The concepts of “nature” and “natural” are great in theory, but also easily manipulated to change our perception of a product or situation.  

For our final paper, we were encouraged to revisit a previous topic that has come up throughout the class and dive more into it. I chose to revisit the concept of “nature vs natural” because it’s something that is impacted by or has an impact on almost every aspect of our lives. As previously mentioned in my first post, most of the time we see the words “all natural” on packaging and think that “all natural” means “definitely good for us and probably for the planet.”  A lot of emphasis gets placed on the word “natural” and it’s even become weaponized in some cases, which I will also cover.  

My background in cosmetology as well as my interest in true crime have led me down some interesting rabbit holes while learning about new things. For instance, did you know that arsenic and lead were some of the main components in makeup? For like, a really long time? During a time when having a pale complexion was desirable, these cosmetics were widely used and stopping them tended to lead to the skin acting out which resulted in people returning to their original regimen or seeking out mercury-based alternatives. These cosmetics were all made from natural materials, but we know now that interacting with any of those elements leads to severe health complications. Simultaneously, arsenic was also a main component in many pest control products which also led to them being used to commit murder. The symptoms of arsenic poisoning also mimic those of numerous other ailments common throughout history such as food poisoning and diphtheria.  

It’s considered “unnatural” for male presenting people to wear nail polish or cosmetic enhancements or long hair, but almost expected from female presenting people. Some people who give birth are told that their birthing story isn’t valid because they had a cesarean instead of a vaginal birth, yet those who birth vaginally but take advantage of an epidural aren’t told that their delivery isn’t valid even though they had an unnatural addition.  

There’s also a lot to unpack when it comes to “natural” and hair. From a purely technical standpoint, when referring to “natural hair” we should mean the hair as it grows out of the head left in the state in which it does so, with no additional chemicals or products added. However, the term is used most frequently to refer to hair that is kinky or coily and almost exclusively coming out of the head of a Black person. When the same texture grows out of the head of a white-passing person it’s almost always referred to as “curly.” This is rooted in systemic racism and perpetuates to this day. People who aren’t white-passing and choose to wear their hair in its naturally curly state tend to be viewed as “wild, un-tamed, less-than, less intelligent” and a whole host of other extremely inaccurate statements.  

Products labeled as “natural” are considered to be better for your hair, whereas when the hair itself is left “natural” it’s considered to be unrefined and treated as less-than, along with the people that hair is attached to. Some natural things are great for your hair, but others are actually pretty terrible for it. For one example, you can easily make a hair gel out of flax seeds that works amazingly to style curly hair; but on the other hand if you use coconut oil on your hair you’re creating a barrier that no longer allows the hair to absorb the water it needs to stay healthy and leads to your hair actually becoming more dry and brittle (causing breakage) and even in some cases, stretchy due to the other properties in the oil (also causing breakage).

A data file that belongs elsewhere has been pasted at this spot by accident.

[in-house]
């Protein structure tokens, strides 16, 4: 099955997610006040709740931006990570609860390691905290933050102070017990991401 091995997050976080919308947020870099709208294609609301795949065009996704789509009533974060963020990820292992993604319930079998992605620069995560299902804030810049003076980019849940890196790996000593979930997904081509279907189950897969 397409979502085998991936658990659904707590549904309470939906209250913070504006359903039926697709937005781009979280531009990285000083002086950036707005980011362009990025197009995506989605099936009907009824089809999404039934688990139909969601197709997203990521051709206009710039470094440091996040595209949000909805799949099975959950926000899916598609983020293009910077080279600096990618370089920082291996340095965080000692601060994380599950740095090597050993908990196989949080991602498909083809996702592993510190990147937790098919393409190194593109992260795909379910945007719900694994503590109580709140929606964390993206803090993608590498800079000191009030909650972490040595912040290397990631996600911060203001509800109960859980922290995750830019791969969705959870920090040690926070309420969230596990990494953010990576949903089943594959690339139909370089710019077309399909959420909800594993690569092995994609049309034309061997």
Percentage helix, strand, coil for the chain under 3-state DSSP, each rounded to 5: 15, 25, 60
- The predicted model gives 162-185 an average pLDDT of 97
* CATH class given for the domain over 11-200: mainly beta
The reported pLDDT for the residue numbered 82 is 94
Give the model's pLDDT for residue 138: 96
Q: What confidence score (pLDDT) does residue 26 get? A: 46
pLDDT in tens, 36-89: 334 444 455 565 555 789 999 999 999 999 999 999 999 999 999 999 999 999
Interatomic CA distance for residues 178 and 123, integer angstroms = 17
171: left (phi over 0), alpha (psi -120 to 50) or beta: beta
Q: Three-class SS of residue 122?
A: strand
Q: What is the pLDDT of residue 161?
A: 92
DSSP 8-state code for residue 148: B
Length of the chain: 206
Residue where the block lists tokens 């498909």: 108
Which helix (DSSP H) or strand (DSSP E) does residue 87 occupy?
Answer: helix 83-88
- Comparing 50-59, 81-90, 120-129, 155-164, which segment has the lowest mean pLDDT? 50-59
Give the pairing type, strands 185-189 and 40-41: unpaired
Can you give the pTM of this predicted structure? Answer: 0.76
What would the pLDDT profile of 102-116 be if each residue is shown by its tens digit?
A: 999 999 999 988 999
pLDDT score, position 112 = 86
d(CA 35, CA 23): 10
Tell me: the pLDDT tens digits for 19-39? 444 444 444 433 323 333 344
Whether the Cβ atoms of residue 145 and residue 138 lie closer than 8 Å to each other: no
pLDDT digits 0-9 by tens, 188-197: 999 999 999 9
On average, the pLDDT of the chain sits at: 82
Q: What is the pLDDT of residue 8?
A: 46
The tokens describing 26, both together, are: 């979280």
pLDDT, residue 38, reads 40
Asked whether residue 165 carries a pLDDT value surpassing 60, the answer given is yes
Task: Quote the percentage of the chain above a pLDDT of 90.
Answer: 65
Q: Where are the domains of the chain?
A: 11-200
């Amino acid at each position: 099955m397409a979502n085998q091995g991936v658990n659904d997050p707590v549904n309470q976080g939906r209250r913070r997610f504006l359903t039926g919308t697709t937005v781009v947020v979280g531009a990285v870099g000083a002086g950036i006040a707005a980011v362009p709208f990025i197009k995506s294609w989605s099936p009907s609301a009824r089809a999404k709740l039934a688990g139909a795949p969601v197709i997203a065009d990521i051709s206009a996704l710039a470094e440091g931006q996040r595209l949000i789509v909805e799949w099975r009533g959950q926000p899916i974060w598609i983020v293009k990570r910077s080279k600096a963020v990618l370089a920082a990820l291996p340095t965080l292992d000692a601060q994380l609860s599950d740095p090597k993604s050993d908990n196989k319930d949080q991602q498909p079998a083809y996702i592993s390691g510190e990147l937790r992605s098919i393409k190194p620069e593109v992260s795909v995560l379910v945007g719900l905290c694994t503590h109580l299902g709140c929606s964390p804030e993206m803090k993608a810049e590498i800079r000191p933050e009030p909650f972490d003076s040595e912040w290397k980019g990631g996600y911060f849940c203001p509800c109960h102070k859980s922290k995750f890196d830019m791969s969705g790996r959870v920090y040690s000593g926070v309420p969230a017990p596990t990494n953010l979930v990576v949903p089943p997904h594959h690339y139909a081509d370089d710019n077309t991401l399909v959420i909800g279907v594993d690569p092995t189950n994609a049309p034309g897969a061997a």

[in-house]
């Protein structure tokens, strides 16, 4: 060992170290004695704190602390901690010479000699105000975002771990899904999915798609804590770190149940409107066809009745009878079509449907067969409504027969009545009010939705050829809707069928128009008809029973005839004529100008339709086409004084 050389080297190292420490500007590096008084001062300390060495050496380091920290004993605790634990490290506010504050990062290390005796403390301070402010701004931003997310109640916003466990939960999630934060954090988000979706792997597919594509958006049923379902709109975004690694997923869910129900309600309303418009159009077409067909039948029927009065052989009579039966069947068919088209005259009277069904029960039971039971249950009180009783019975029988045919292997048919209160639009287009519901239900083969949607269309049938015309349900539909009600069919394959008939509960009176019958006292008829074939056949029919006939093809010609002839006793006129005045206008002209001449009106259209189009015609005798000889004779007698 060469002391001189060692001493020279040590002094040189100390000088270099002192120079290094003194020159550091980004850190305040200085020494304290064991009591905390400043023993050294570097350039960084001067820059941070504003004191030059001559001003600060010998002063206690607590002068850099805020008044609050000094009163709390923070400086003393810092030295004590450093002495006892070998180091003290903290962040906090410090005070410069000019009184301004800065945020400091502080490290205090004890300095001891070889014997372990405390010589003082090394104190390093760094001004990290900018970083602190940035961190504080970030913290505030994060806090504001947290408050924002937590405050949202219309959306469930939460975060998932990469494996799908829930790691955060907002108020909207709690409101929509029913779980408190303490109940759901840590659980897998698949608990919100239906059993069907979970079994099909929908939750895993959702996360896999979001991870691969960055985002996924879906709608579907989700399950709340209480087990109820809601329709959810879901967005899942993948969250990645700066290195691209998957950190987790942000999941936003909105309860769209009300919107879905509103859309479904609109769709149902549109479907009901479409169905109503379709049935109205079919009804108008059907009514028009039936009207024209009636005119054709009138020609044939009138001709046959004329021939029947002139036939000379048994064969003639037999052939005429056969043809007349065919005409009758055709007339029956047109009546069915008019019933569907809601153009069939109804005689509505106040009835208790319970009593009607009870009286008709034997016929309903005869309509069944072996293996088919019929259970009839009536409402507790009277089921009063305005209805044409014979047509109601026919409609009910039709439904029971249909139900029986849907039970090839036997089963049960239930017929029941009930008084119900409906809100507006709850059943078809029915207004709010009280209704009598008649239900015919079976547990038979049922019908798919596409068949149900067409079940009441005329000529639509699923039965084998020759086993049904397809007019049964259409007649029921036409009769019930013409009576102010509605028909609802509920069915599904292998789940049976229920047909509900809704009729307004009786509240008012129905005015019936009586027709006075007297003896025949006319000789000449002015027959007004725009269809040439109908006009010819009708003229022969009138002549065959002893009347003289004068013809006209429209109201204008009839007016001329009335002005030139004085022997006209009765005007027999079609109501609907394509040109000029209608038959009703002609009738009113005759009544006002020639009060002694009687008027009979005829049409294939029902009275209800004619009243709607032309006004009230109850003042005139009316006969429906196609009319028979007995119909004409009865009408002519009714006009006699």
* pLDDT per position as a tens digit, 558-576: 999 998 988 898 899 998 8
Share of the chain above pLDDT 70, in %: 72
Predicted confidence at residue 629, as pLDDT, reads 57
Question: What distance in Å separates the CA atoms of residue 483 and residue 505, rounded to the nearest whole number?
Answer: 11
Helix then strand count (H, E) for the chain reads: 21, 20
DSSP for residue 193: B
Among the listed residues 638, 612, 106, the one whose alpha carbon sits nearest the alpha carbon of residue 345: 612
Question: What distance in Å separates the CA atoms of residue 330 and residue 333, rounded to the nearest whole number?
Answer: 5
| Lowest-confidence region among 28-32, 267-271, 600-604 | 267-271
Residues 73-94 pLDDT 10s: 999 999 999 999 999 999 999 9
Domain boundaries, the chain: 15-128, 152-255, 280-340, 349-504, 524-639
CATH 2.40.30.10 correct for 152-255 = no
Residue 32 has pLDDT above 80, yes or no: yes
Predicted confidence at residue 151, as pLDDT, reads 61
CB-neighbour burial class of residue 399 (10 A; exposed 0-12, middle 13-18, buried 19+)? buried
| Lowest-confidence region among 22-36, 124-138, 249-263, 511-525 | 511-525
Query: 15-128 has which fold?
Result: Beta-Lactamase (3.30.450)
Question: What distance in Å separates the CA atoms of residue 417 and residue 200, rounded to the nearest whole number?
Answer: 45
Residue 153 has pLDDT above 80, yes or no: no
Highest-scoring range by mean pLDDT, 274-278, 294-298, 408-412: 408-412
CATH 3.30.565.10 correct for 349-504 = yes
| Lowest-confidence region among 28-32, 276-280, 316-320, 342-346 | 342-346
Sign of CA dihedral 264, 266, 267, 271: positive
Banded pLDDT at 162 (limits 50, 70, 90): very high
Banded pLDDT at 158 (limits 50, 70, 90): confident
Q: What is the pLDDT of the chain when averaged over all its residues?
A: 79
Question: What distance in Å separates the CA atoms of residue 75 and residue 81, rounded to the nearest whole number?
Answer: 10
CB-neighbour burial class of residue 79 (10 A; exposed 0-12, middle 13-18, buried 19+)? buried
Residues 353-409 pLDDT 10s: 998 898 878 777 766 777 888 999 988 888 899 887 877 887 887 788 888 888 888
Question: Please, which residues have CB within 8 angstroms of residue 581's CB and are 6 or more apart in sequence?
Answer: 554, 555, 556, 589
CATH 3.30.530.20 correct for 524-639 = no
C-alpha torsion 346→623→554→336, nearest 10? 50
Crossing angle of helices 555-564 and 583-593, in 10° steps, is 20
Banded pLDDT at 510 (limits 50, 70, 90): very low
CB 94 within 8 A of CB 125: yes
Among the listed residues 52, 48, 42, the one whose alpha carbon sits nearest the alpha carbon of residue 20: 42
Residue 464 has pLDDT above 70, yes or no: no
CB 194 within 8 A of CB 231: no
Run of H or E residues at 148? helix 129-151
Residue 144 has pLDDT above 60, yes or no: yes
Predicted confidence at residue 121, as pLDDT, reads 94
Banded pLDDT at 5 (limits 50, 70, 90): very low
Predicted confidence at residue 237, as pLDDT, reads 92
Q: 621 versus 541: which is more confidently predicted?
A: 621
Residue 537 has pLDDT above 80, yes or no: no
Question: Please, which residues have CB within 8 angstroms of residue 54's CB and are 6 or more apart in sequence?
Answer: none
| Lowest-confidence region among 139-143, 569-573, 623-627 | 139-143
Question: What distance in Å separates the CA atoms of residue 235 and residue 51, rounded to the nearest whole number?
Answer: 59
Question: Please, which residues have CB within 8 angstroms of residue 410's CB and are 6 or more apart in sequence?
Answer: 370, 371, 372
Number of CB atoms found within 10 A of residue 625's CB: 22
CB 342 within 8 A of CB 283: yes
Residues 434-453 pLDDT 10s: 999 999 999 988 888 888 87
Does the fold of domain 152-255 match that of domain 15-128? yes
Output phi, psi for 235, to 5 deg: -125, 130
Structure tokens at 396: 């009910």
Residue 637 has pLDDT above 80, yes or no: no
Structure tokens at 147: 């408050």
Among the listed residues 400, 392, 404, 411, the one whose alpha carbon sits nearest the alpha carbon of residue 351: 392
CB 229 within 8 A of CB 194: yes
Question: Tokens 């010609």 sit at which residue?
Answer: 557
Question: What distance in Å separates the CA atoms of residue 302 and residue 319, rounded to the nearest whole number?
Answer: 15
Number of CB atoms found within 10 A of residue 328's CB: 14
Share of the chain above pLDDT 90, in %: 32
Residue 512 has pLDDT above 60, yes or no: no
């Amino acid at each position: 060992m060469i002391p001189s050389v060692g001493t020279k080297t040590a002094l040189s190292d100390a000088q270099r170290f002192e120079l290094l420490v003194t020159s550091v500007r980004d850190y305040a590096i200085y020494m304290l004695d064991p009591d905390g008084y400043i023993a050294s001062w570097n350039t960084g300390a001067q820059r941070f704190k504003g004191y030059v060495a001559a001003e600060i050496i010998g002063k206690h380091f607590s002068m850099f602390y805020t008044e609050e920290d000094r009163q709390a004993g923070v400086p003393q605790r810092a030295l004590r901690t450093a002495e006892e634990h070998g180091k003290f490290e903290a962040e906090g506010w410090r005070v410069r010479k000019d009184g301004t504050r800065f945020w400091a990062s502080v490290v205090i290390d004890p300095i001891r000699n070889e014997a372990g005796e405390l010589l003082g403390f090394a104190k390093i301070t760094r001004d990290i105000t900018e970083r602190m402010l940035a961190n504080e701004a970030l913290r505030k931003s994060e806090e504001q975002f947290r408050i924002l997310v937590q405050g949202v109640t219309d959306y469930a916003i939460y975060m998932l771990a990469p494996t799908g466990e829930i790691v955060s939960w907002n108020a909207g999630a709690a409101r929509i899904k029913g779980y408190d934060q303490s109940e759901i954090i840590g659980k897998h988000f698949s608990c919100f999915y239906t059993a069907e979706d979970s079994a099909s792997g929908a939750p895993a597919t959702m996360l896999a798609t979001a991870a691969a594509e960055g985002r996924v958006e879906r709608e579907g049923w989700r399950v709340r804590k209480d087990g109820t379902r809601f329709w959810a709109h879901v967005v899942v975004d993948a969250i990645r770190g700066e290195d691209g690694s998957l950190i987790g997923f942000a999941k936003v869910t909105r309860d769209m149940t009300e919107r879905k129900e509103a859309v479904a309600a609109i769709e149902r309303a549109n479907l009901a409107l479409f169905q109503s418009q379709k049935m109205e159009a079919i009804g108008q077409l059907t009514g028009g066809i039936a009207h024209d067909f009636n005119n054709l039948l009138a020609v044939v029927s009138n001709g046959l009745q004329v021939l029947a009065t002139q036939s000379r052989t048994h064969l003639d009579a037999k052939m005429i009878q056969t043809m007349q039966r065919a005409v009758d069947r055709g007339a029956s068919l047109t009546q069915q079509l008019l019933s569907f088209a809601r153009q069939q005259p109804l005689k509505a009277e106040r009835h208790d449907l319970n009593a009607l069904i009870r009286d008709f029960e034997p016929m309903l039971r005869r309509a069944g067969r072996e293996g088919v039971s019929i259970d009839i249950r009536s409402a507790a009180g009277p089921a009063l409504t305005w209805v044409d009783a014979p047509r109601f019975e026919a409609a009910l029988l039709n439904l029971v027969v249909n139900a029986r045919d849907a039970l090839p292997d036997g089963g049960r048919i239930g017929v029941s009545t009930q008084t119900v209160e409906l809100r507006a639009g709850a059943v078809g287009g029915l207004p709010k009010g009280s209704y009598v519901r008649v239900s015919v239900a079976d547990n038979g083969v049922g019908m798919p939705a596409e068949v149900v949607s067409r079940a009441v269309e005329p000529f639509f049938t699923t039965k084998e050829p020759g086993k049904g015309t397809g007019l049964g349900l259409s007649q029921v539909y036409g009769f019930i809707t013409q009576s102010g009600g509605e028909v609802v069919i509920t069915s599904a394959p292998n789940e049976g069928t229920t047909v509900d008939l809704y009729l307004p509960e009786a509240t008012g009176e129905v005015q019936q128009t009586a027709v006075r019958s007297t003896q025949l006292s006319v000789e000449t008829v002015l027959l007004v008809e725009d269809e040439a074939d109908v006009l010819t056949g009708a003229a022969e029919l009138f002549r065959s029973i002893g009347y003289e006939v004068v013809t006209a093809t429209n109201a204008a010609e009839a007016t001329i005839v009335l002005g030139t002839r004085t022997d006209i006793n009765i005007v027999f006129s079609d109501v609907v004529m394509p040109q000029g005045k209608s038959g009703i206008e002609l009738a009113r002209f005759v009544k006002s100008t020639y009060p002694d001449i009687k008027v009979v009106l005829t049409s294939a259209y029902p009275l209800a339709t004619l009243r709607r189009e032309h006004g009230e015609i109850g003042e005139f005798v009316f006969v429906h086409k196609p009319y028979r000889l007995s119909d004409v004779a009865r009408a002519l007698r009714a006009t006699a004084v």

When it comes to the things we ingest we like to look for things that are “chemical-free” without totally comprehending that in reality everything is a chemical regardless of where it came from. How strict do we want to be when it comes to classifying food products as “natural”? A whole orange would be natural as that’s how it grows, but what about something like flour? Whatever wheat or nut the flour came from had to be altered from its natural state multiple times to create the flour, but the flour is also an ingredient in many things that would be considered “natural.”  

When you step outside, you usually feel as though you’re taking in nature, but how natural is most of the nature you encounter the most frequently? By the purest definition of the word “natural,” defined by Webster as “growing without human care” and “existing in or produced by nature: not artificial,” are there really that many places left that would be considered completely natural? Even forest preserves are, in essence, forms of landscaping as humans determine their boundaries and, even to an extent, the contents of the land.  

At this point in our society, the concepts of “nature” and “natural” are little more than constructs; almost entirely subsisting of being whatever we make them be. The beauty of nature is that it’s a wide and varied spectrum, not a binary, and is something we should embrace and lean into and learn from.